Friday, February 02, 2007

"Oni Wa Soto! Fuku Wa Uchi!"

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The Long-Nosed Goblin of Mt. Atago: Performed by the geiko of Gion Higashi. During setsubun, many people hang Okame masks (thought to bring good luck), like the one above.

According to ancient Chinese legend, a man-eating mountain-dwelling beast called the nian (年) silently slipped in and out of houses, preying on unsuspecting villagers. In time, people learned that loud noises and the color red seemed to repel the monster, and began to protect themselves with explosions, fireworks displays and the use of the color red in their homes and villages. Eventually these customs evolved into the first Chinese New Year celebrations. Even the kanji for Guò nián (Simplified Chinese: 过年; Traditional Chinese: 過年), which means to celebrate the new year, literally means 'the passing of the nian beast".

The legend of nian and the traditions adopted to repel him became so intwined with the idea of the new year that, when the Japanese began using chinese characters in their writings, the kanji for the nian (年) came to mean 'year'.

A long-nose oni (goblin, devil) mask.

In traditional Japan, the new year celebrations began with Risshun (立春) Setsubun (節分), the day before the begining of Spring (according to the traditional East Asian calendar). As with modern celebrations of the Gregorian New Year, special rituals were performed to cleanse the misfortune of the former year and drive away evil spirits in the year to come.

As in China, the celebrations were not without their hideously evil creatures. The devilish Oni were originally invisible spirits or gods which caused disasters, disease, and other general unpleasantness in the lives of humans, taking on a variety of forms to deceive (and often devour) them. The Chinese character (鬼) meaning "ghost" came to be used for these formless creatures. It was not until Buddhism arrived that Oni took on its present ogre-like form.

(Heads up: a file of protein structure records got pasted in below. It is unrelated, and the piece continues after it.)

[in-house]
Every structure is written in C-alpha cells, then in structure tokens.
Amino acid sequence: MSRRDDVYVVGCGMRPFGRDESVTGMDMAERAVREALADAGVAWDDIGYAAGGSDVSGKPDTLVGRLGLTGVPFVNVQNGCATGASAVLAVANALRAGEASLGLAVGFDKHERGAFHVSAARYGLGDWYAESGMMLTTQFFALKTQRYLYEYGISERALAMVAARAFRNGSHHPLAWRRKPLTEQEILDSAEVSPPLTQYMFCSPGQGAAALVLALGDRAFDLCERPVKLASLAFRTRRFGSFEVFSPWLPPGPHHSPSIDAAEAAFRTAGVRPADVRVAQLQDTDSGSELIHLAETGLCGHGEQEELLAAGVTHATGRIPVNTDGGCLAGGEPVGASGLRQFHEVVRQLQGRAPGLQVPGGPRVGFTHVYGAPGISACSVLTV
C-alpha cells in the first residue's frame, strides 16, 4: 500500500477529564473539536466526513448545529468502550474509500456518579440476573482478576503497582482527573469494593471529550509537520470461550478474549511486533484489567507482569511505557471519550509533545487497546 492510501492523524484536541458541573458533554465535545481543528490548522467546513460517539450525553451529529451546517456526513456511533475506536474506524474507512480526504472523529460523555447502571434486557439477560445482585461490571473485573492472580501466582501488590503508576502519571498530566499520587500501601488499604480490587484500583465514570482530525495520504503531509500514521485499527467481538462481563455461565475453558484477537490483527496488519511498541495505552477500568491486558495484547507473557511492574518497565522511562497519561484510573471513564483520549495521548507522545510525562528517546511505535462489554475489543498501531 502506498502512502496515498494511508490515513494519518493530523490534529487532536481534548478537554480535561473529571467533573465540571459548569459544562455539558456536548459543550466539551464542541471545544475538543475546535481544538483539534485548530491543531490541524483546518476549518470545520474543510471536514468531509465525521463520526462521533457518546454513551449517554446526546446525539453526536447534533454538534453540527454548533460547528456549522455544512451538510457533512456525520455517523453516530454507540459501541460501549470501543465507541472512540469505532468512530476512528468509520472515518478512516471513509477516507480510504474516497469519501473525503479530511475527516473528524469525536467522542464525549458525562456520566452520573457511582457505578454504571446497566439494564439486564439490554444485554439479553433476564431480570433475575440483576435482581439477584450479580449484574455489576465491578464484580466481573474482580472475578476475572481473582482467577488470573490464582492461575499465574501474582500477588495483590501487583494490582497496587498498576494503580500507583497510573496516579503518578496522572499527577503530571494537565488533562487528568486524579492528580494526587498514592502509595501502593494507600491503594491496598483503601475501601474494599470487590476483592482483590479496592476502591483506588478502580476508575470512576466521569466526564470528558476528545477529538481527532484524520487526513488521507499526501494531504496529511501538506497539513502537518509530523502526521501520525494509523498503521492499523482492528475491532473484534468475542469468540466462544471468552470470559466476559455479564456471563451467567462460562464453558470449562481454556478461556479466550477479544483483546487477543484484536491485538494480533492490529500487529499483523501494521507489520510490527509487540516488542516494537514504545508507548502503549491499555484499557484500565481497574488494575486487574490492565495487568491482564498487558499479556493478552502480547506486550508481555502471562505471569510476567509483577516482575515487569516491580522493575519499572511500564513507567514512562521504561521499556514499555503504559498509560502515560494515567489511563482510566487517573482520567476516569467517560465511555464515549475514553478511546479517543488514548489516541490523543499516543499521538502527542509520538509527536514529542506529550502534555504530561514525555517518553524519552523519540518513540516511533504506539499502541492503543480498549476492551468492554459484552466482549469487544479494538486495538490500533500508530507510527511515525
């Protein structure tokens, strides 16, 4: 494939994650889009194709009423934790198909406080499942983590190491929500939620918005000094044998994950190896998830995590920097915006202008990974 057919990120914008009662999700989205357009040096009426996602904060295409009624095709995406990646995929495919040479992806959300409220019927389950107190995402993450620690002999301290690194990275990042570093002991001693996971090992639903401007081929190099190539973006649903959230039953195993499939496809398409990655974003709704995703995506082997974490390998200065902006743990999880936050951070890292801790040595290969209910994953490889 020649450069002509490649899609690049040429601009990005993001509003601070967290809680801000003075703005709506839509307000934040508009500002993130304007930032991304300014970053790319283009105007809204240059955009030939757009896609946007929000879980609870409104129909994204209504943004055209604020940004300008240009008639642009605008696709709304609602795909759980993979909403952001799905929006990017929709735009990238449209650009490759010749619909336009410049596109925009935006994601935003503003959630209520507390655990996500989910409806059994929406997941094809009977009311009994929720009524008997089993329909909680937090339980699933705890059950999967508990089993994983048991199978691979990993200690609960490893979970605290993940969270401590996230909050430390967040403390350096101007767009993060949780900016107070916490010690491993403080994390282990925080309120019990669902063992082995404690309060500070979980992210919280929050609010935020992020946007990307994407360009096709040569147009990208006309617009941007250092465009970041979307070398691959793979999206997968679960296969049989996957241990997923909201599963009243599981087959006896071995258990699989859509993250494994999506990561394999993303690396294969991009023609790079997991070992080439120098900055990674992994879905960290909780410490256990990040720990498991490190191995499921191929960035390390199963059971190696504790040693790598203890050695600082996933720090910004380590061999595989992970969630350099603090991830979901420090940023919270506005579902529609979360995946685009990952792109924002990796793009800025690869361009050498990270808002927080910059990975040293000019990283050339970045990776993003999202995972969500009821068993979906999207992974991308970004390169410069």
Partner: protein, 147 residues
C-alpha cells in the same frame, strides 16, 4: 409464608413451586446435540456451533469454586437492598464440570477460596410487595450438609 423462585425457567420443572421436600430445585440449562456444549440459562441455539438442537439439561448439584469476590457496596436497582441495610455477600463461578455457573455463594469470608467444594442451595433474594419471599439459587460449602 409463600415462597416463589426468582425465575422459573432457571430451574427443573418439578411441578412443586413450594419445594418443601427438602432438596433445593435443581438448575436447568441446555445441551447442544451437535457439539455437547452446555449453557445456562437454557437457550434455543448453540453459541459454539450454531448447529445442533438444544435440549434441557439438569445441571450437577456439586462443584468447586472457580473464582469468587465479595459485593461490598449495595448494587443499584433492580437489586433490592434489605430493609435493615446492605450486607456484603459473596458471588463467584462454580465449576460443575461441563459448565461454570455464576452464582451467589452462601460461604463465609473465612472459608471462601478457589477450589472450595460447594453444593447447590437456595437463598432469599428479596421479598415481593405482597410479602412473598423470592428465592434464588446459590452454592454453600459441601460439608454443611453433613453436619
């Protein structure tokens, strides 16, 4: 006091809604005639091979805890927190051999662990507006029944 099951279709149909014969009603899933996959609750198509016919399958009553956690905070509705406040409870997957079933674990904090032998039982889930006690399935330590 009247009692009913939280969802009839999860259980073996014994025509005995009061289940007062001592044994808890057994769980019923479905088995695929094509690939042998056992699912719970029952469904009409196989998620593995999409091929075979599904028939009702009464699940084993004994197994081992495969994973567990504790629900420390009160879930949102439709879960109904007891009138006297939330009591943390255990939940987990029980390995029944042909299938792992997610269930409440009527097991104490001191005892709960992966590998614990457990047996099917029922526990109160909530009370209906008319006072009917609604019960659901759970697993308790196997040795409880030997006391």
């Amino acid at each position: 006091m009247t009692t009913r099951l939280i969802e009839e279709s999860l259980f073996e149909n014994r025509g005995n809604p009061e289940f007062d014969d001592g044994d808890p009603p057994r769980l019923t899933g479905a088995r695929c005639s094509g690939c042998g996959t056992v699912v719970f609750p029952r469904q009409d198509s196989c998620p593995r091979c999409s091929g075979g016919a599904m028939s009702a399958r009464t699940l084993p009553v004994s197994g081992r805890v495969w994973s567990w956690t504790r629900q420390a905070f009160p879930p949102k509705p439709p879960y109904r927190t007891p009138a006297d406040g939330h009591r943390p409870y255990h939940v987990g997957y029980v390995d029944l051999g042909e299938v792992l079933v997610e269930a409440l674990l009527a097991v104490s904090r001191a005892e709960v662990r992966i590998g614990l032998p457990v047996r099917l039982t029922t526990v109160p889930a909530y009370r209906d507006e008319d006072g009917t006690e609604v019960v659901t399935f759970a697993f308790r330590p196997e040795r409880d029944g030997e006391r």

In Japan, these beasties were much easier to keep at bay. On this traditional New Year's Eve, the toshiotoko (man born on in the corresponding animal year of the Chinese zodiac or the head of the house) would throw pan heated soy beans out the door or at a family member wearing an oni mask yelling "Oni wa soto! Fuku wa uchi!" (Evil spirits out! Fortune (blessing) in!" The beans were believed to purify the home, driving out the spirits of sickness and misfortune. To ensure that good luck would enter, the soybeans were eaten. In some areas, the number of bean one eats is the same as their age, but in some places an extra bean is added for good luck. Mamemaki, or bean throwing, still happens today.

I'm off to Kyoto to experience mamemaki myself! Happy Setsubun! Fuyu was soto! Haru was Uchi! (Out with winter! In with Spring!)

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